The power and limitations of 3D

[From The Red & Black, the independent student newspaper of the University of Georgia]

[Image from Angry AP]

3D will plague screens for years to come

By MEGAN WHITE on September 25, 2011

My first televised encounter with the third dimension occurred at Disney World’s MGM Studios when I was only six years old. In order to fully embrace the tacky tourist experience, my parents had decided to take my sister and me to see “The Muppets” in the park’s high tech, state-of-the-art 3D theater. For a six-year-old in the 90s, anything involving the Muppets was instantly appealing, so with loaded fanny packs and wound-up disposable cameras, we set off for MGM’s three-dimensional extravaganza.

Within 20 minutes, I was in tears. Having a larger-than-life Fozzie Bear come flying out of the screen not only scared the living daylights out of me, but also brought along waves of nausea, a lifelong fear of puppets, and an automatic and deep-seeded disdain for anything in so-called “3D.”

Since that traumatizing day in 1998, my pop-out nemesis has slithered its way into mass media, infiltrating and taking over our dearly beloved American consumerist culture as we know it. We can no longer refer to cinema as the silver screen, as films now refuse to stay on the screen. The thick, black, “Real 3D” glasses handed out in 3D theaters have become an integral element of 21st century fashion. Paying up to $6 more at the box office for a pair of these glasses and an “enhanced experience” is no longer a big deal, when those same dollars could very well have been spent on a small popcorn and drink. I call shenanigans.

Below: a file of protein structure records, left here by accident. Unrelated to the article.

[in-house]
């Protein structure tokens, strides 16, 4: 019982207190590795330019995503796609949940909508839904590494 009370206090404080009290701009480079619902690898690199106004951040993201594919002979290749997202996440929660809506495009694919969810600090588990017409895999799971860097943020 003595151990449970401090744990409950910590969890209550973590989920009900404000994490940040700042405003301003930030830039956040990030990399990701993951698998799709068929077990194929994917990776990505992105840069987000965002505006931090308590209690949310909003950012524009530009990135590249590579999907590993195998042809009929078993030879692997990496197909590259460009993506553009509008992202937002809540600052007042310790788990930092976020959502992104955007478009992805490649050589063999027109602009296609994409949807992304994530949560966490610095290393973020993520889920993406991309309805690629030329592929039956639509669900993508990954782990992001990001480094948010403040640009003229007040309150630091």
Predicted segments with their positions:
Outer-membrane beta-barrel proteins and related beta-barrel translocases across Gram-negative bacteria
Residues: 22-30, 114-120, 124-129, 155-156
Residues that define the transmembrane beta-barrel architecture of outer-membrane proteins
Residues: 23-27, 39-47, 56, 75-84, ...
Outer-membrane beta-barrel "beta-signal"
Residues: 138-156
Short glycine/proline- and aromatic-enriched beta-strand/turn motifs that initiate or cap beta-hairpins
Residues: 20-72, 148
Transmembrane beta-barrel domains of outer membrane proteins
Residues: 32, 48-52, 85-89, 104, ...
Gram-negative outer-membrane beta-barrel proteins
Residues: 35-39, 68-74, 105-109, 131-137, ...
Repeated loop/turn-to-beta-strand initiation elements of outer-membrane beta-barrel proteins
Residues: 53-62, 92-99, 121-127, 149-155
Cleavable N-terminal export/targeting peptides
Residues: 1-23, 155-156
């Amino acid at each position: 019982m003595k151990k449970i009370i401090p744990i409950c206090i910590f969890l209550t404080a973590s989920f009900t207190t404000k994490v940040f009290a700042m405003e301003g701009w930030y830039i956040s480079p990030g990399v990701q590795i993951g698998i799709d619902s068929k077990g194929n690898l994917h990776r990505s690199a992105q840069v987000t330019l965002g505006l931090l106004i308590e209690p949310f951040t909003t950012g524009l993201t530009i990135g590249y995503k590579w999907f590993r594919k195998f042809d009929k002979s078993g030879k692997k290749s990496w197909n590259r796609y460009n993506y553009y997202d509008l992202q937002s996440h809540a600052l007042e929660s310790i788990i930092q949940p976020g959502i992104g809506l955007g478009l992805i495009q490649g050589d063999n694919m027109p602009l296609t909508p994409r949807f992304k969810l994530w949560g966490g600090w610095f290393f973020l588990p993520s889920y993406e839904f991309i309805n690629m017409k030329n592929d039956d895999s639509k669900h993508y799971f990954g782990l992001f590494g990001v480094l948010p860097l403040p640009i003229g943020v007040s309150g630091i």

From “Harry Potter and the Deathly Hallows: Part 2” to “Up” to “The Final Destination,” the monstrosity that is 3D has snowballed to the point where not even childhood classics are safe. With the recent release of Disney’s “The Lion King 3D,” filmmakers have crossed the line. If three-dimensional Muppets left me cowering in my chair, imagine what a full-blown wildebeest stampede heading straight for my face would have done. My heart goes out to the young children who must endure such a prospect. Not even Disney will protect them now.

Just when I thought it was enough to steer clear of movie theaters, companies such as Samsung and Panasonic began to roll out 3D televisions. From the comfort of their own homes, people can watch stuff fly out of screens. Forget Monopoly and Life. Family game night now involves donning ridiculous glasses and swatting at objects that aren’t even there. And now, thanks to HTC EVO 3D phones, we can ogle at virtual images on the go. There is virtually no escape from this virtual reality.

But the glitz and glamour of 3D will never fool me. Na’vi’s meandering hair tentacles in “Avatar” did not trick me into thinking I was one with the blue people. A pair of glasses that makes it look like an explosion has encroached upon my personal bubble does not make me a character in the movie. I am surrounded by 3D every day. It’s called real life. The simplicity of a two-dimensional movie gives me a chance to shut my brain off for a while and not exert the energy to duck behind my seat.

Complain as I may, 3D is here to stay. When Fozzie Bear leapt from the screen on that fateful day in 1998, he was delivering an important message from all things 3D: we’re in your face, and we’re never, ever going away.

Megan White is a freshman from John’s Creek majoring in international affairs

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